## APPROCHE DE SYNTHESE EN LIGNE BASÉE SUR UNE MODELISATION STRUCTURÉE DE LA PARTIE OPERATIVE

30/09/2017**OAI :**oai:www.see.asso.fr:545:2004-3:20052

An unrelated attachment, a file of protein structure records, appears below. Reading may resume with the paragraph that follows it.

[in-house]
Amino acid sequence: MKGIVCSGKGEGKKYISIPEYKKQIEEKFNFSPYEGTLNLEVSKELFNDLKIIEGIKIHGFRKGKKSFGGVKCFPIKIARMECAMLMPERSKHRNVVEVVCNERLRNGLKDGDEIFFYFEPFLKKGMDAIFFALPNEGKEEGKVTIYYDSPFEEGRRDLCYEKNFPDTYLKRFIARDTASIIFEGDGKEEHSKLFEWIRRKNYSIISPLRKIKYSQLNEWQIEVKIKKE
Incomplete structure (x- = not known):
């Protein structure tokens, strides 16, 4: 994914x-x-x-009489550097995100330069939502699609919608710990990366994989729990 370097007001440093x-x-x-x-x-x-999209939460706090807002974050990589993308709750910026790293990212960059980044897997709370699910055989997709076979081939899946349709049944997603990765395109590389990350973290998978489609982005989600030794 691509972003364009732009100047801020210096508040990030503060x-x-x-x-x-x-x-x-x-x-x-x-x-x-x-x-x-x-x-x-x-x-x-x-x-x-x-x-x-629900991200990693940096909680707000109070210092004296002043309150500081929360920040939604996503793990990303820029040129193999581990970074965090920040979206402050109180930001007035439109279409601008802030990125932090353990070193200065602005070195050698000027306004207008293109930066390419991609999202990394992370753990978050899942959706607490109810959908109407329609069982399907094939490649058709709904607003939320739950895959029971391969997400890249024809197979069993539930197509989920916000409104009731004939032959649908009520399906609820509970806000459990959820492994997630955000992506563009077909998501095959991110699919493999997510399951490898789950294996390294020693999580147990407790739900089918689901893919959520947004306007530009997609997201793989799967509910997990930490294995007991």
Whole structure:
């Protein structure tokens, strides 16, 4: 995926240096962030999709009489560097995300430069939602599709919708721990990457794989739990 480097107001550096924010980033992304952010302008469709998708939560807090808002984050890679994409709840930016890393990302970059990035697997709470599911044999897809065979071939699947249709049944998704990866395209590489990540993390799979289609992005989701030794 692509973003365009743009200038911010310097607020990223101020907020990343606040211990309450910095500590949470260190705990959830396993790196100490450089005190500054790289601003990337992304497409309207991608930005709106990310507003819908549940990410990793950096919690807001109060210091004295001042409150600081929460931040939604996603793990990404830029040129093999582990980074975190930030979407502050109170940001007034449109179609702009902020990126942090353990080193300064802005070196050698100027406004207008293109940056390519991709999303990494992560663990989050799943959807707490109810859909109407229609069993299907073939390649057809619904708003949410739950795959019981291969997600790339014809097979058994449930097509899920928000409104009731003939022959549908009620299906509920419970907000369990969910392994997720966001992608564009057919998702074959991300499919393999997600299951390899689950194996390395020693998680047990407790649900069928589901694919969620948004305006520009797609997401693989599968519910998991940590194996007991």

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APPROCHE DE SYNTHESE EN LIGNE BASÉE SUR UNE MODELISATION STRUCTURÉE DE LA PARTIE OPERATIVE ON-LINE SYNTHESIS APPROACH BASED ON A STRUCTURED PLANT MODELLING A. Philippot, A. Tajer, F. Gellot, V. Carré-Ménétrier Centre de Recherche en STIC (CReSTIC), Moulin de la Housse B.P. 1039, 51687 REIMS Cedex 2, FRANCE. Tel: +33.3.26.91.32.26, Fax: +33.3.26.91.31.06 {alexandre.philippot, abdelouahed.tajer, francois.gellot, veronique.carre}@univ-reims.fr Résumé: Les travaux présentés dans cet article reposent sur une approche de synthèse de commande optimale basée sur la spécification de la commande en grafcet et sur les modèles de la partie opérative et des contraintes à respecter par le système. Pour améliorer la praticabilité de l’approche sur des systèmes complexes et réels, nous proposons une méthodologie de modélisation de la partie opérative ainsi qu’une approche en ligne de la synthèse de la commande. Ces deux points sont formalisées dans l’article et traités à travers un exemple. Abstract: This paper is based on an approach of synthesis and optimal control. For a given Grafcet, a plant and constraints models, this method must respect the process evolution. We developed two improvements of this approach to be used on complex real systems. The new results obtain concern the plant modelling and the on-line synthesis. Formal algorithms and an example are presented in the paper. Keywords: Automata, Grafcet, Control synthesis, Plant modelling, Supervisory control theory, On-line synthesis. 1. INTRODUCTION The objective of our work is to generate the required correct controller implementation for a given Grafcet (IEC 60848, 2002). This controller must to respect a number of safety and liveness constraints related to the modelled plant. The method is based on the use of a supervisor and a controller. The supervisor enforces the given safety constraints, whereas the controller directs the system to accomplish a specific set of tasks. An intuitive presentation of the different steps involved is given below, the formal algorithms can be found in (Carré-Ménétrier, et al., 1999). The first step consists of modelling the plant behaviour, the safety and liveness constraints using automata. The specification of the control behaviour is described by Grafcet. The second step is used to generate the optimal controller by an intersection. This step is realised between the controller, the plant and constraints models (Carré- Ménétrier, et al., 1999). The maximum reactive non-blocking execution controller is then generated. The last step consists of implementing the correct controller by taking into account the constraints. The proposed implementation architecture executes the correct controller and correspondingly updates the state of Grafcet. This step allow to visualise the execution of the control model and to highlight the corrections induced by the synthesis framework. We showed the applicability of this method on several examples (Carré-Ménétrier, et al., 1999), (Philippot, et al., 2003). However, to be practicable on complex real systems, this approach encounters two problems. The first is lied in the plant modelling which is realised without methodology. The second in computational complexity of the oof- line synthesis. The aspects related to the plant modelling are presented around an example (fig. 1) in Section 2 by an adaptation of Chandra modelisation (Chandra and Kumar, 2001). Section 3 is dedicated to a particular synchronisation algorithm which proposes an off-line synthesis approach. The contribution of the present paper is the establishment of the on-line synthesis formalization in Section 4. 2. METHOD OF PLANT MODELLING Our previous works showed that some knowledge of plant behaviour is required to be able to identify and to treat deadlocks. It is necessary to make the image of the plant explicit, by connecting an appropriate abstract model for each of its elements. Hence, a modular approach is required to extract a simple model for each of the elements of the plant. Such a model can be derived using automata that accept the control actions, and react by changing the logical values of Grafcet inputs. The behaviour of the plant is modelled by means of the spontaneous event generators of the supervisory control theory (Wonham and Ramadge, 1987). However, this requires the use of an adequate methodology for the modelling of the plant, which is proposed in this paper. This methodology can be considered as an adaptation of Chandra’s approach (Chandra and Kumar, 2001) to be concistence with ours. The activation and deactivation of Grafcet actions correspond to controllable events ∑c. This because of the possibility to prevent their occurrence by an appropriate conditioning of Grafcet actions. Uncontrollable events, ∑u, are initiated by the plant. These events (∑c and ∑u), which cannot be disabled by control action, are associated with the rising and falling edges of Grafcet inputs. This interpretation can be considered as an adaptation of Balemi’s scheme (Balemi, et al., 1993) to the case of Grafcet. The adapted methodology is based on occurrence rules and precedence relations. These rules define the interactions between controllable or uncontrollable events. The precedence relations specify the links between the uncontrollable events. The user define the rules and relations which are translated into automata compatible with our synthesis approach. 2.1. Occurrence Rules and precedence relations To determine the occurrence rules, it is necessary : (i) to fix the initial conditions of the system from the inputs vector of the controller model, (ii) to determine all the events related to the element of plant, (iii) to define with rules, the influence of the activation and the deactivation of the controllable events on the uncontrollable events. Each rule is a "cause/consequence". The cause relates the controllable event to the consequence (uncontrollable event). For each occurrence rule with the same cause, the chronology between the consequent uncontrollable events are established with precedence relations. For the pneumatic gripper example (fig. 1), the complete model consists of 3 automata. They describe respectively the horizontal movement, the vertical movement and the movement of aspiration. These models take account of the cylinders technology. For the horizontal movement, there are two controllable events GO_RIGHT and GO_LEFT, and two uncontrollable events left and right. In initial situation, the cylinder is on the left and no order is sent to the plant. To define the occurrence rules, the consequences of the sent Movement with aspiration without aspiration Grip position Removal position GO_LEFT GO_RIGHT GO_DOWN A pneumatic gripper system illustrated this paper. This system takes a pinion in a drawer and put down the pinion on an axis. The catch is carried out by a venturi. The complete characteristics are given in http://www.lurpa.ens-cachan.fr/cosed/. Fig. 1. Characteristics of the pneumatic gripper orders must be observed. The GO_RIGHT order activation makes possible the displacement of the cylinder to move towards the line and to leave the left position. The chronology of the uncontrollable events is the following one : deactivation of left then activation of right. The parameters are presented in table 1. Initial Conditions Occurrence rules Precedence relations ↓ GO_RIGHT ↑GO_RIGHT → ↓ left ↑GO_RIGHT → ↑right ↓ left precede ↑right ↓ GO_LEFT ↑GO_LEFT → ↓right ↑GO_LEFT → ↑left ↓ right precede ↑ left ↓ right ↓GO_RIGHT → ↑ right nothing ↑left ↓GO_LEFT → ↑left nothing Table 1. Parameters of the horizontal movement 2.2. Plant automaton construction The plant automaton construction is based on rules and relations which is carried out according to 4 following steps : 1. To build the automaton with 2n states (n is the number of controllable events) describing all the possible evolutions of the controllable events starting from the initial conditions. 2. To add to this automaton the uncontrollable events resulting from occurrence rules, 3. To build a precedence automaton starting from the precedence relations and initial situation between the uncontrollable events, 4. To make the synchronous cross product of the automaton resulting from the occurrence rules and the precedence automaton. This method of modelling is carried out for each part of the system. The complete model of plant is obtained then by asynchronous composition of all the elementary models. For the horizontal movement, the one step consists in establishing a 4 states automaton. The evolutions between states are related to activation or deactivation of the GO_RIGHT and GO_LEFT orders (fig. 2.a). The second step respects the occurrence rules defined by the user and permits to supplement this automaton by the uncontrollable events left and right (fig. 2.b). With the precedence relations, the third step gives the second automaton 0 1 ↑ GO_RIGHT ↓ GO_RIGHT ↑ GO_LEFT 2 ↓ GO_LEFT ↑ GO_LEFT 3 ↓ GO_LEFT ↑ GO_RIGHT ↓ GO_RIGHT 2 1 ↑ left ↑ right 0 ↓ left ↓ right Σc Σc Σc 1) Automaton of the controllable events 2) Automaton with the taking into account of the uncontrollable events 3) Precedence automaton 4) Final automaton of the horizontal movement ↓ left ↑ right ↑ left ↓ right 0 1 ↑ GO_RIGHT ↓ GO_RIGHT ↑ GO LEFT 2 ↓ GO_LEFT ↑ GO LEFT 3 ↓ GO_LEFT ↑ GO_RIGHT ↓ GO_RIGHT ↓ left ↑ right ↑left ↓right ↑ right ↑ right ↑ left ↑ left ↓ left ↑ right ↓right 0 1 ↑ GO_RIGHT ↓ GO_RIGHT 2 ↓ GO LEFT ↑ GO_LEFT 3 ↑ GO_RIGHT ↓ GO_RIGHT ↑ GO_LEFT ↓ GO LEFT 4 6 ↑ GO_RIGHT ↓ GO_RIGHT 5 ↓ GO LEFT ↑ GO_LEFT 8 ↑ GO_RIGHT ↓ GO_RIGHT ↑ GO_LEFT ↓ GO LEFT 7 10 ↑ GO_RIGHT ↓ GO_RIGHT 9 ↓ GO LEFT ↑ GO_LEFT 11 ↑ GO_RIGHT ↓ GO_RIGHT ↑ GO_LEFT ↓ GO LEFT ↑ right ↑ left ↓ left ↓ right ↑ right ↑ right ↑left Fig. 2. Horizontal movement automaton presented figure 2.c. Each state of this automaton authorizes all the events related to the plant element model. A synchronous cross product between the automaton resulting from step 2 and the precedence automaton resulting from step 3 allow to obtain the final automaton (fig. 2.d). The movement is then described in a complete way independently of the controller through 12 states and 35 transitions. The automata of the vertical movement and aspiration movement are established in an identical way. The plant automaton is obtained by asynchronous product cross of these elementary models and corresponds to an automaton of 288 states and 2184 transitions. 2.3. Modelling of the constraints We can use this methodology for the modelling of the constraints. We need only to extend the definitions of the occurrence rules and the precedence relations given previously. The occurrence rules define a link between the controllable events and the uncontrollable events and these events can be “cause” or “consequence”. The precedence relations relate the same types of events. (Philippot et al, 2004). We defined two types of constraints. The safety constraints between controllable events themselves use directly precedence relations. The liveness constraints establish a link between controllable events and uncontrollable events. Consequently, the modelling depends on the type of constraints to model. The plant and constraints models are used to obtain the automaton SUP. This automaton corresponding to the supremal language of the supervised plant by applying the synthesis algorithm proposed in (Kumar, 1991). The transition structure of SUP represents the maximum permissible behaviour of the controlled plant with respect to the given constraints. At the same time, the automaton of stable situations, GSS, of Grafcet, deterministic and reactive, is extracting by applying the algorithm given in (Roussel, 1994). 3. PRINCIPE OF OFF-LINE SYNTHESIS The synthesis framework is based on the use of a controller and a supervisor. A dedicated intersection algorithm extracts the sequences of events that can be generated both by the controller, GSS, and by the supervisor, SUP. This algorithm results in an event-based automaton SYNC. A reduction algorithm allow to remove the deadlocks of SYNC and to generate the control-execution model. The intersection step generate the automaton SYNC representing the behaviour common to the automata SUP and GSS. The evolutions of the control model, GSS, are authorised by the supervisor, SUP. Each state in GSS is associated with the orders of the corresponding situation of Grafcet. The transitions of GSS are given in terms of logical expressions combining input variables and their edges. On the other hand, SUP is an elementary automaton whose transitions correspond to simple events. The intersection algorithm goes through the events that can be accepted by GSS and SUP to construct SYNC. Only the control evolutions that are acceptable by the supervisor are retained in automaton SYNC. The states of SYNC relating transitions are grouped into a region, which corresponds to the given Grafcet situation. The intra-region transitions correspond to controllable events and the inter-region transitions represent uncontrollable events. The interleaving of parallel orders, inside a region, is used here to provide an event-based semantics to SYNC. This, in view of simplifying the formal development of the intersection procedure. The reduction step is used to generate the maximum reactive non-blocking execution controller by removing all the blocking situations from SYNC. The resulting automaton (OPT) represents the most permissive sub-set of the behaviour of Grafcet. OPT is both non-blocking, and satisfies the given safety and liveness specifications. Each state of this automaton corresponds to an aggregation of the states of a region of SYNC after the removal of blocking evolutions. The states of OPT correspond to the stable situations of the controller to be implemented. They contain information about the active Grafcet steps. The outputs are simultaneously activated and deactivated in the corresponding situation. The transitions of OPT correspond to uncontrollable events whose effect is to drive the controller from one stable situation to another. In the worst case, the size of the automaton OPT is proportional to |GSS|×|SUP|×2Σu/2 , where |GSS| and |SUP| represent the number of states of the automaton GSS and SUP respectively. Here, the off-line synthesis approach results in an exhaustive control implementation model. This one requires a very large memory in the case of complex systems. An alternative on-line synthesis approach has therefore been proposed to reduce the size of such an exhaustive model. The on-line synthesis proceeds by successive calculations of a partial control implementation model for a temporal window. 4. ON-LINE SYNTHESIS Partial intersection window of size N=2 region 0 region 4 region 3 Controllable transition Uncontrollable transition Deadlock state region 2 Fig. 3. Semantic model of a partial intersection In 1992, (Chung, et al., 1992) implements an on- line scheme which is basis of an N-step ahead projection of the behaviour of the process. For us, the on-line synthesis is based on the three steps of the off-line approach among which the first (modelling, synthesis and extraction) is identical to the off-line. Consequently, the procedure of control generation is based on a partial intersection step between SUP and GSS for a number of anticipated future evolutions. The step of treatment of blocking situations results from this partial intersection. A partial automaton represents the anticipated control implementation model of anticipated future evolutions. 4.1. Principle of the partial intersection. The partial intersection procedure consists to construct the common behaviour of GSS and SUP starting from their current state from anticipated future evolutions. The method give in result an automaton SYNCN where N represents the step of calculation. N is the future possible reactions of the plant from courant situation of the system. For a partial intersection window where the size is limited by the value of N, the automaton SYNCN , like SYNC, is constituted by regions, intra-regions transitions and inter-regions transitions. The SYNCN construction is in real time on a limited part of the controller and gives an unfinished automaton (fig. 3). Thus, while being interested only in the number of uncontrollable events Σu, the automaton SYNCN is constructed compared to futures reachable situations of Grafcet. Consequently, for a region reached, all actions associate to the corresponding Grafcet situation are taken into account. The states of SYNCN with no output transition are blocking states. 4.2. Formalization of the partial intersection The automaton SYNCN is defined by a 9-uplet (Σ, ST, TR, st0, r0, f0, BLOC, EM, RD) with: - Σ = Σc ∪ Σu, Σc = ↑Z ∪ ↓Z et Σu = ↑E ∪ ↓E. In the continuation, ↑z corresponds to an element of ↑Z, ↓z with an element of ↓Z, ↑e with an element of ↑E and ↓e with an element of ↓E. - ST is the whole of the states of SYNCN . ST is partitioned in subsets called regions. A state st∈ST corresponds to a single configuration of the 3-uplet (q, y, E). q is a state of SUP, y a state of GSS and E the whole of the logical values (0 or 1) of the inputs of Grafcet. All the states corresponding to a situation of Grafcet and a single configuration of its inputs variables are grouped in a region. These regions can be grouped in a window of partial intersection whose size depends on N. - TR: ST × Σ → ST is a partial function representing the transitions from SYNC. A transition is defined by a triplet (st, σ, st') ∈TR. - st0 ∈ ST is the initial state which is given by (q0, y0, E0). q0 is the initial state of SUP, y0 the initial state of GSS and E0 corresponds to the whole of the initial values of the inputs of Grafcet. - r0 ⊂ ST is the initial region corresponding to the initial situation y0 of GSS and to the initial values E0 of its inputs variables. This region includes the initial state st0. - BLOC ⊂ ST contains the whole of the blocking states, i.e. those not having outgoing transitions. - EM ⊂ ST contains the whole of the states and the marked regions. - RD ⊂ ST contains the whole of the already developed regions. The automaton SYNCN is generated by means of the following iterative algorithm (Philippot, 2002). When no window of intersection can be created anymore, the procedure is terminated. Step 1: To develop the window of initial partial intersection f0 starting from the initial region r0. Step 2: To develop a window of partial intersection unspecified fc. This algorithm receives as an input the automaton SUP, GSS and the initial structure of the automaton SYNCN , given by (Σ, {st0}, ∅, st0, {st0}, {st0}, ∅, ∅, ∅). SUP = (Σ, Q, ∆, q0) corresponds to the supervisor generated by the synthesis step. The automaton GSS = (E, S, Y, T, y0) is the equivalent of the Grafcet. In the following, the current state of SYNCN is characterised by the current state of SUP, the current situation of GSS, as well as the current valuation of the input variables. The iterative procedure corresponding to step (n) is given in figure 4. This procedure creates the states and the transitions of the initial region r0. In the second step (o), as long as the number of uncontrollable events running Ncou is lower or equal to N, it is about: A) To develop the inter-regions transitions and to create the first state of each regions downstream. If Ncou = N-1 then the states and the regions upstream of the transition are safeguarded in the set of marked states EM. The regions downstream are gathered in the set of developed regions RD to avoid the developments for the next step. B) To safeguard the states blocking in BLOC. Ncou = 0 n /* To develop the initial region */ ∀st = (q, y0, E0) ∈ r0 such as r0 ∈ f0, ∀(q, Σ, q') ∈ ∆ such as (Σ = ↑Z ∧ Z ∈ Zy0) Do : i) ST = ST ∪ st' with st' = (q', y0, E0); ii) TR = TR ∪ {(st, Σ, st')}; iii) r0 = r0 ∪ {st'}; iv) f0 = f0 ∪ r0; ∀st = (q, y0, E0) ∈ r0 such as r0 ∈ f0, ∀(q, Σ, q') ∈ ∆ such as (Σ = ↓Z ∧ Z ∉ Zy0) Do : i) ST = ST ∪ st' with st' = (q', y0, E0); ii) TR = TR ∪ {(st, Σ, st')}; iii) r0 = r0 ∪ {st'}; iv) f0 = f0 ∪ r0; o While Ncou ≤ N Do : A) /* To develop the inter-region transitions supported by the events ΣU and to create a new region */ ∀st = (q, y, E) ∈ rr Do : 1 ∀(q, ↑e, q') ∈ ∆ such as (e∈ E ∧ e = 0) Do : - If ∃ (((y, f(E), y') ∈ T) such as will f(E) = vrai) Then st' = (q', y'', E') ∧ (y'' = y') Else st' = (q', y'', E') ∧ (y'' = y) where the value of E' is distinguished from E only by the value of E which becomes 1 instead of 0; - TR = TR ∪ {(st, ↑E, st')}; - If st' ∉ ST Then i) ST = ST ∪ {st'}; ii) to create the region r = {st'} ⊂ ST; iii) f0 = f0 ∪ r; - If Ncou = N-1 Then EM = EM ∪ {st}, EM = EM ∪ {rr}, RD = RD ∪ {r}; /* marking for the future intersection */ 2 ∀(q, ↓e, q') ∈ ∆ such as (e∈ E ∧ e = 1) Do : - If ∃ (((y, f(E), y') ∈ T) such as will f(E) = true) Then st' = (q', y'', E') ∧ (y'' = y') Else st' = (q', y'', E') ∧ (y'' = y) where the value of E' is distinguished from E only by the value of E which becomes 0 instead of 1; - TR = TR ∪ {(st, ↓E, st')}; - If st' ∉ ST Then i) ST = ST ∪ {st'}; ii) to create the region r = {st'} ⊂ ST; iii) f0 = f0 ∪ r; - If Ncou = N-1 Then EM = EM ∪ {st}, EM = EM ∪ {rr}, RD = RD ∪ {r}; /* marking for the future intersection */ B) If ¬( ∃ (st, σ, st') ∈ TR) Then BLOC = BLOC ∪ {st} /* To memorize the blocking states */ C) /* To develop an unspecified region rC such as f0 = f0 ∪ rC */ 1 ∀(q, yC, EC) ∈ rC such as rC ∈ f0, ∀(q, Σ, q') ∈ ∆ such as (Σ = ↑Z ∧ Z ∈ Zyc) Do : - If st' ∉ ST with st' = (q', yC, EC) Then i) ST = ST ∪ {st'}; ii) rC = rC ∪ {st'}; iii) f0 = f0 ∪ rC; - TR = TR ∪ {(st, Σ, st')}; 2 ∀(q, yC, EC) ∈ rC such as rC ∈ f0, ∀(q, Σ, q') ∈ ∆ such as ( Σ = ↓Z ∧ Z ∉ Zyc) Do : - If st' ∉ ST with st' = (q', yC, EC) Then i) ST = ST ∪ {st'}; ii) rC = rC ∪ {st'}; iii) f0 = f0 ∪ rC; - TR = TR ∪ {(st, Σ, st')}; D) Ncou = Ncou + 1/* To increment the number of ΣU running */ Fig. 4. Development of the initial window f0 C) To develop each region downstream according to a principle similar to n, these new regions belong to the initial window of partial intersection. The algorithm associated at the development of an unspecified window breaks up into 2 steps (fig. 5). The first step (n) consists in recovering the information already developed in the preceding partial intersection. It is about: A) To recover the states and the regions marked in the intersection preceding and pertaining to EM. B) To recover the already developed regions assemble in RD. C) To initialise sets EM and RD for the future safeguards for the development of another unspecified window fc. The second step (o) corresponds to o algorithm of development of the initial window (fig. 4). Ncou = 0 n /* Recovery of the information calculated by the preceding intersection */ A) /* Recovery of the states and the region marked */ - ∀st = (q, y, E) ∈ rC such as {st, rC} ∈ EM Do : fC = fC ∪ rC; B) /* Recovery of the already developed region */ - ∀(st, ↑e, st')∈TR such as (st ∈rC and rC∈EM) and (st'=(q',y',E')∈r and r∈RD) and E' is distinguished from E only by the value E which becomes 1 instead of 0 Do : fC = fC ∪ r; - ∀(st, ↓e, st')∈TR such as (st ∈rC and rC∈EM) and (st'=(q',y',E')∈r and r∈RD) and E' is distinguished from E only by the value E which becomes 0 instead of 1 Do : fC = fC ∪ r; C) EM = ∅ and RD = ∅ ; /* Initialization of sets EM and RD */ o While Ncou ≤ N Do : A) /* To develop the inter-region transitions and to create a new region */ B) /* To memorize the blocking states */ C) /* To develop an unspecified region rc such as fc= fc ∪ rC */ D) Ncou = Ncou + 1; /* Incrementing of the number ∑u running */ Fig. 5. Development of an unspecified window fc 4.3. Treatment of deadlocks and generation of the automaton of partial controller By analogy with the off-line synthesis, the principle of treatment of deadlocks consists in withdrawing the blocking states of SYNCN . This states are identified by the set BLOC, as well as the transitions making it possible to reach these states. The removal of these blocking evolutions can possibly generate a controller for a number of evolutions lower than N. This step makes it possible to generate the automaton of partial controller OPTN . The reduction of the size of the automaton of controller OPTN is significant compared to an off- line approach. In the case of a on-line synthesis, in worst case, the number of states proportional to (|Σu|/2)N . For complexes systems, the profit memory capacity is then considerable. Concretely, as soon as the process generates an output, a new partial intersection/reduction is developed for a step moreover, and the automaton is updated. Consequently, the architecture of establishment rests on the execution in parallel of two modules. The first module of on-line calculation of the controller carries out during the execution of the controller, a development for a step moreover. The second module of execution of the elaborate controller. Thus, the computing time of SYNCN and OPTN influences the least possible the reactivity of the order. However, in spite of the optimisation of the size memory, the on-line synthesis does not guarantee the absence of deadlocks during operation. Indeed, since a partial intersection takes into account only one limited window of future evolutions of the system, no detectable deadlocks in the current window can occur at the time of the following partial intersections. By increasing size N of the window, these possible blocking states will be avoided or detected sufficiently early to be able to anticipate actions of correction. Consequently, the choice of N constitutes a compromise between the risk of deadlocks and the memory capacity necessary to the establishment of the elaborate controller. The objective is now to establish a comparison between off-line and on-line synthesis for highlighting the profit in memory capacity.The table 2 recapitulates the sizes of the various automata for the pneumatic gripper. GSS Process Constraints SUP 11 states 13 trans. 288 states 2184 trans. 64 states 880 trans. 96 states 416 trans. Table 2. Result of the various automata For the simple example of pneumatic gripper, the step of generation of the order calculated off-line provides an automaton SYNC made up of 106 … Off-line synthesis 30 states, 106 transitions 52 states, 106 transitions SYNC OPT OPT2 SYNC2 4 states, 3 transitions 3rd partial intersection 2nd partial intersection 1st partial intersection On-line synthesis 5 states, 5 transitions 6 states, 6 transitions 6 states 6 transitions 6 states, 6 transitions 11 states, 10 transitions … … Table 3. Automata generated off-line and on-line transitions and 52 states grouped in 30 regions. The controller automaton OPT includes 30 states and 62 transitions. For a window of N=2 steps, the first partial intersections is given table 3. We represented the optimal controller (OPT2 ) in the figures 6.a and 6.b. In each state is associated the set with the orders to send (ORD) and to prohibit by OPT (PROH). These sets are used to inform the user about the orders, which are maintained, or not by the synthesis procedure. The first region of SYNC corresponds to state 0 of OPT (fig. 6.a) where no order is sent. The two states of the second region are aggregate in a single state1 where the order sent during the execution is GO_DOWN, no order is prohibited. {{ GO_DOWN, VENTURI}, ∅} ↑dcy ↓dcy ↓high 4 1 0 2 a ↑low ↓high 6 5 ↓high 4 1 2 b ↓dcy ↓dcy {∅, ∅} {{GO_DOWN },∅} {∅, ∅} {{ GO_DOWN }, ∅} {{ GO_DOWN }, ∅} {∅, ∅} {∅, ∅} {{ GO_DOWN }, ∅} In each state is associated {ORD, PROH} Fig. 6. Partial automata of controller (OPT2 ) The increase in the size of the window generates an increase in the number of states and transitions. Also a reduction in the number of intersection is a risk of reappearance of the problems involved in the off-line synthesis. A study on the choice of value N remains to be developed. 5. CONCLUSION This paper present an approach for off-line and on- line synthesis of an optimal control implementation. This method must respect a number of safety and liveness constraints for a given Grafcet. The resulting controller can be viewed as a programing executing Grafcet in accordance with deterministic and reactive semantics. Our current research proposes to enhance the practicability of the proposed formal framework. This, by adapting a dedicated assistance methodology for the modelling of the plant and an extension for the constraints. The user specifies the occurrence rules and the precedence relations. These rules are automatically translated into automata compatible with the supervisory theory. For complex systems, the off-line synthesis approach requires a "huge" memory size for the implementation. We present the formalization of the on-line approach which overcomes this limitation. However, deadlocks are not guaranteed to be avoided in this case. Our future work must implement an heuristics to choose a pertinent value for the number of required evolutions. This, in the aim to avoid deadlocks and to guarantee a maximum "acceptable" size of the partial implementation. 6. REFERENCES Balemi S., Hoffmann G.J., Gyugyi P., Wong H., Franklin G.F., "Supervisory control of has rapid thermal multiprocessor", IEEE Transactions one Automatic Control, vol. 38, n°7, p. 1040-1059, 1993. Carré-Ménétrier V., Ndjab-Hagbebell C., Gellot F., Zaytoon J., "A case tool for the synthesis of optimal control implementation of Grafcet", IEEE International Conference on Systems, Man and Cybernetics, Tokyo-Japan, p.796-801, october 1999. Chandra V., Kumar R., "A Discrete Event Systems Modeling Formalism Based one Event Occurrences Rules and Precedences", IEEE Transactions one Robotics and Automation, vol. 17, n°6, 2001. Chung S.L., Lafortune S., Lin F., Limited lookahead policies in supervisory control of discrete event systems. 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